The Golden Age of Murder by Martin Edwards

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Britain’s Golden Age of detective fiction produced some of the greatest and most enduring crime writers, including Agatha Christie, Margery Allingham and Dorothy L Sayers. “The crime novel, like the world itself, is ruled by the English,” said Bertolt Brecht during this period. For readers who want to know more about the literary empire, there are plenty of revelations in Martin Edwards’s ambitious history of crime fiction between the wars.

Edwards focuses on the membership of the Detection Club, a social network of crime writers first set up in 1930. An author, editor and also a Detection Club member, Edwards proves to be a tenacious investigator as he explores the mysteries surrounding these authors, and he provides an illuminating analysis of dozens of major novels and short stories without resorting to spoilers.

The key figures in the club were Sayers, Christie and Anthony Berkeley, an author who’s now less well known, perhaps in part because of his various pseudonyms. His novel Before the Fact was filmed by Alfred Hitchcock in 1941 as Suspicion, and Berkeley also had a major influence on the development of crime fiction as a critic (under the name Frances Iles). But for all his talent, he was also the worst kind of self-important author and appeared to fall out with almost everyone. Still, he makes for a fascinating biographical study.

Sayers and Christie emerge as more likeable characters, though they were not without their demons. The creator of Lord Peter Wimsey, Sayers was a forthright intellectual whose career in advertising (she was involved in the Guinness toucan) came in useful when she promoted her novels and the Detection Club. But Sayers lived in fear of anyone finding out about her illegitimate son, and she never even confided her secret in friends and fellow authors like Helen Simpson.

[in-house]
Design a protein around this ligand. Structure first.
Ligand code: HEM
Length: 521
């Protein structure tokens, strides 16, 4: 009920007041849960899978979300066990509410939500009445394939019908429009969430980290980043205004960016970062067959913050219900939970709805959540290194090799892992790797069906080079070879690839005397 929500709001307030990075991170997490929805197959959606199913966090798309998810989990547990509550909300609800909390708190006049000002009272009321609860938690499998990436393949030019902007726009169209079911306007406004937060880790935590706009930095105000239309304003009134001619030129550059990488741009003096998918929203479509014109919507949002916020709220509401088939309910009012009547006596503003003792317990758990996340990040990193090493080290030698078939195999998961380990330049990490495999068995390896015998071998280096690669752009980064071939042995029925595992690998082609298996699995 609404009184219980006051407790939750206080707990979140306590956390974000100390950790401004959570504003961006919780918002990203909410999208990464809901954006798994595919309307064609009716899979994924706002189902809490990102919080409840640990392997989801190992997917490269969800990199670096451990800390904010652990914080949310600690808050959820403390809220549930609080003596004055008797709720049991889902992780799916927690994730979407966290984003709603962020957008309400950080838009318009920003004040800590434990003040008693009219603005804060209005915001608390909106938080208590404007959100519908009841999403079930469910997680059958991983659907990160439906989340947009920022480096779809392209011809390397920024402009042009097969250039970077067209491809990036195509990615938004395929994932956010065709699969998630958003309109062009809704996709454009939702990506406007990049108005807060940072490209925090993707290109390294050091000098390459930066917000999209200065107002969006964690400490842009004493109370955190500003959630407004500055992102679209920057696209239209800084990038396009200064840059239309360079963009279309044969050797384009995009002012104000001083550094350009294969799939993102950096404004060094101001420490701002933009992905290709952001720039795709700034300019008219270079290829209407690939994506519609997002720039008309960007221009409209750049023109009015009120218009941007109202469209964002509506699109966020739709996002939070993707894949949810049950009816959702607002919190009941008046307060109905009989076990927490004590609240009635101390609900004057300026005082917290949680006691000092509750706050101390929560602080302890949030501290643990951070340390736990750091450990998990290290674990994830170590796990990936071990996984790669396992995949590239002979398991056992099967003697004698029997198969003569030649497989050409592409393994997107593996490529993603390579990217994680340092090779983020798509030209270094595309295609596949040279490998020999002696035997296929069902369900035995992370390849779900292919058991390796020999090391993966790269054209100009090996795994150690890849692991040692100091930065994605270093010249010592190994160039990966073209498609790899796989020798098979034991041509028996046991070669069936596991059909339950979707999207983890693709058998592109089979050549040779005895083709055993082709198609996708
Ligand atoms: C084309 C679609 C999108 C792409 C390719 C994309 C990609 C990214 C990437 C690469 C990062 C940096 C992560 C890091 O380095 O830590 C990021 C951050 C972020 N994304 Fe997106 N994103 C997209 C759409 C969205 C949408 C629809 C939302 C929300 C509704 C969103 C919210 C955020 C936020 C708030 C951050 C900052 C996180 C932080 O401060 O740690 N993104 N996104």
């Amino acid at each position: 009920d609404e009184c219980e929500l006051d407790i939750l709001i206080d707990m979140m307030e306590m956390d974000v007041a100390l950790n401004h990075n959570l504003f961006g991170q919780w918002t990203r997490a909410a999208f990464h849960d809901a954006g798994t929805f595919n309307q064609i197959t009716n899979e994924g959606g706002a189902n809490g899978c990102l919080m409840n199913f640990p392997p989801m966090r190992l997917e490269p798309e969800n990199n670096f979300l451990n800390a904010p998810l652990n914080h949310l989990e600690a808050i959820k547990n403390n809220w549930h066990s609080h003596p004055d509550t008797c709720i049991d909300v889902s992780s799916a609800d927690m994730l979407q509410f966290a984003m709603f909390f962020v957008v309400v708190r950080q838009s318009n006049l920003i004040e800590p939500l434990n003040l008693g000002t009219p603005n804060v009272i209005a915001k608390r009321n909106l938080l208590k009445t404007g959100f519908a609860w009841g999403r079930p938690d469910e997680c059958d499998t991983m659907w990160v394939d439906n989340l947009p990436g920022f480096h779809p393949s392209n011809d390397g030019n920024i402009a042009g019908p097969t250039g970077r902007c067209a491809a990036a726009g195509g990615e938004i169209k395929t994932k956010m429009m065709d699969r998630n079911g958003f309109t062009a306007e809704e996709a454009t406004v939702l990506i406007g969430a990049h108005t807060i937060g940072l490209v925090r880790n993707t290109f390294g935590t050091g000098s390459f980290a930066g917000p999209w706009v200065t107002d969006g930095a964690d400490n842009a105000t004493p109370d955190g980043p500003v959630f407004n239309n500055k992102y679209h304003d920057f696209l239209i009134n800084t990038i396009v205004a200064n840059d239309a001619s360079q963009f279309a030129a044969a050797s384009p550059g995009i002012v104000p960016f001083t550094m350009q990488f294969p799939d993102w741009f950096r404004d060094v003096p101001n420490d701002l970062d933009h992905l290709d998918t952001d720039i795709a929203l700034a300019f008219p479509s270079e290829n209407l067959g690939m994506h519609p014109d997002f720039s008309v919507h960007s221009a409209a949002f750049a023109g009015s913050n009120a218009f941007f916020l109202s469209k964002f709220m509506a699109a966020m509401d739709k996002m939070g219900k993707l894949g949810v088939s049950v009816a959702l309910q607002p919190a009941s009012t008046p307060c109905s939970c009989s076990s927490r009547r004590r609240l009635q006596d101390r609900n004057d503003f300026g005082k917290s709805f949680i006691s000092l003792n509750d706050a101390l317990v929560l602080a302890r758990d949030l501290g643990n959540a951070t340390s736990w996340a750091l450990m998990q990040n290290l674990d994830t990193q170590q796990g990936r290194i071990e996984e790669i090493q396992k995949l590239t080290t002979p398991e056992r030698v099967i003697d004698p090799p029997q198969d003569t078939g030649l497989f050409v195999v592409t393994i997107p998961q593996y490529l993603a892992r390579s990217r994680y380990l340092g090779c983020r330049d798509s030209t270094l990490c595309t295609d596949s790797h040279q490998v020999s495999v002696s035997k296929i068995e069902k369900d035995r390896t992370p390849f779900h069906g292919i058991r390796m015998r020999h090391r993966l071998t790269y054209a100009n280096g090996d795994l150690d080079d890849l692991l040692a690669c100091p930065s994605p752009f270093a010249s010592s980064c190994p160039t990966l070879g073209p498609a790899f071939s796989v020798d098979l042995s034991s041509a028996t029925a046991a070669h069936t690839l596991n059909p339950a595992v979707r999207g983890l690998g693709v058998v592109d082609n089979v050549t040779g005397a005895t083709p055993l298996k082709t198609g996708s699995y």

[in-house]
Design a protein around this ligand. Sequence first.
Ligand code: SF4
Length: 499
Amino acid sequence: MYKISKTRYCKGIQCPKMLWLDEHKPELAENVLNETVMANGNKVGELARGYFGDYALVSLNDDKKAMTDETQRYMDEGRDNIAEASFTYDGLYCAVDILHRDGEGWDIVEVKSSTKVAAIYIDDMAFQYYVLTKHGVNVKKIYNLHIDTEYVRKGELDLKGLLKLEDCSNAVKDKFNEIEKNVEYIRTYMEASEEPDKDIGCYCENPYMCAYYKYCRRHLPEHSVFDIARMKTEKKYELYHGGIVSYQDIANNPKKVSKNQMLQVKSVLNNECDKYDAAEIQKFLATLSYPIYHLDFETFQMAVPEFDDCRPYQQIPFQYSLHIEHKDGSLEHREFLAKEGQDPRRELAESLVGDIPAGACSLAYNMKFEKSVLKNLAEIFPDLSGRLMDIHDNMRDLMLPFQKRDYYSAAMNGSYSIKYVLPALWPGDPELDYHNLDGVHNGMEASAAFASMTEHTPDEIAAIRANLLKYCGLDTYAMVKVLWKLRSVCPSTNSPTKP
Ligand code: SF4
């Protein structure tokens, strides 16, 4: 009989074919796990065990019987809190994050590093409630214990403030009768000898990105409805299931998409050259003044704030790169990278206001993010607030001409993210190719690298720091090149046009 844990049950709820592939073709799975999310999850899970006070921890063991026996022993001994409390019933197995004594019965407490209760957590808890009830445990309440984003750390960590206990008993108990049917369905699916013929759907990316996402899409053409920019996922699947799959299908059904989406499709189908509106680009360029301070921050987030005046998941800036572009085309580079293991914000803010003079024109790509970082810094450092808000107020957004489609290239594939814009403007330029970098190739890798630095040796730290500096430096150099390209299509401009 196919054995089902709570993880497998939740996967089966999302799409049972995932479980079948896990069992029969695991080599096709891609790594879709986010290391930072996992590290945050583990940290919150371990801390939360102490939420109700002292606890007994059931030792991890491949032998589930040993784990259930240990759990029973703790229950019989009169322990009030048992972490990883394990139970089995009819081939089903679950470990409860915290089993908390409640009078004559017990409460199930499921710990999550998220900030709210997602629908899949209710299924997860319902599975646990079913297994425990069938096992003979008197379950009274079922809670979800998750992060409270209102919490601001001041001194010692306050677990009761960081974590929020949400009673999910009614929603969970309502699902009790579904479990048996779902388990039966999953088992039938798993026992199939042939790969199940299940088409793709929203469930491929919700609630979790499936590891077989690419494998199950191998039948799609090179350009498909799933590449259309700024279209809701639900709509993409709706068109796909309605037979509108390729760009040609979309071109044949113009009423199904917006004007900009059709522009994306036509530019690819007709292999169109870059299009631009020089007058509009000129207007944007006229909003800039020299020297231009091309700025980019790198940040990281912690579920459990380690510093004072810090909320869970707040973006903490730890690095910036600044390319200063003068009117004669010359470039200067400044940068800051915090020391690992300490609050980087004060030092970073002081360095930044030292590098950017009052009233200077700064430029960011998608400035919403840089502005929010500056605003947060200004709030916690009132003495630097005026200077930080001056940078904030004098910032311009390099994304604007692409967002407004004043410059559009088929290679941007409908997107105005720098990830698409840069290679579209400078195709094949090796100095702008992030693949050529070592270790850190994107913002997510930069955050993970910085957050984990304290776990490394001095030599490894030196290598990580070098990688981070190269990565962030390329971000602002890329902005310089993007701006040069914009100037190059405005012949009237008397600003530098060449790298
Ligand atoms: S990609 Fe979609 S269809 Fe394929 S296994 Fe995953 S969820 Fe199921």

Christie was a self-effacing personality and not naturally clubbable, yet she was always involved in the Detection Club and ultimately became its president for almost 20 years. Of course, Christie was the original gone girl – her 11-day disappearance in 1926 was a media sensation. By then she had already made an impact with the landmark Poirot novel The Murder of Roger Ackroyd (voted the CWA’s best crime novel ever), and Edwards dismisses any suggestion of a publicity stunt.

Even when she was the world’s biggest-selling author (estimates range from two to four billion), Christie was never too grand for the crime writer’s club, which eventually had its own premises in Gerrard Street, Soho. In an era before social media, it was a support network for authors – women were well represented – to get together and discuss true crime, puzzles and their joint Detection Club novels The Floating Admiral and Ask a Policeman. During the initiation ceremony for new members, pride of place was given to a human skull known as Eric, who lit up with red eyes.

As well as exploring these writers and their works, Edwards also conveys the historical context of the 1930s economic slump in which readers embraced the escapism of detective fiction. He also makes a strong case for those authors who explored new territory, such as Arthur Morrison in The Dorrington Deed-Box, which featured a murderer not unlike Tom Ripley. Henry Wade’s Inspector John Poole is credited as the first of the ‘gentleman cops’, while Berkeley was a pioneer of serial killers and criminal psychology. True crime cases were a major influence on many authors, though there were constraints on the depiction of sex and violence.

Dozens of Detection Club members are pictured in the front of this volume, and Edwards’s prodigious account gives them all the attention they deserve. Some Golden Age authors were not actually English – John Dickson Carr was an American expat who became a master of the locked room mystery. Many were writing crime fiction on the side, including the academic John Stewart (as Michael Innes) and the poet Cecil Day-Lewis, whose crime novels under the pen name Nicholas Blake include The Beast Must Die.

It’s sometimes hard to keep up as Edwards casts his critical eye back and forth between numerous authors, but his enthusiasm and endless curiosity keep you absorbed in the classic crime era. The Golden Age of a Murder is a lively and erudite study that every crime fan should own.

Read our feature on Books to Die For, a collection of essays by crime writers on the authors who inspired them.


CFL Rating: 5 Stars

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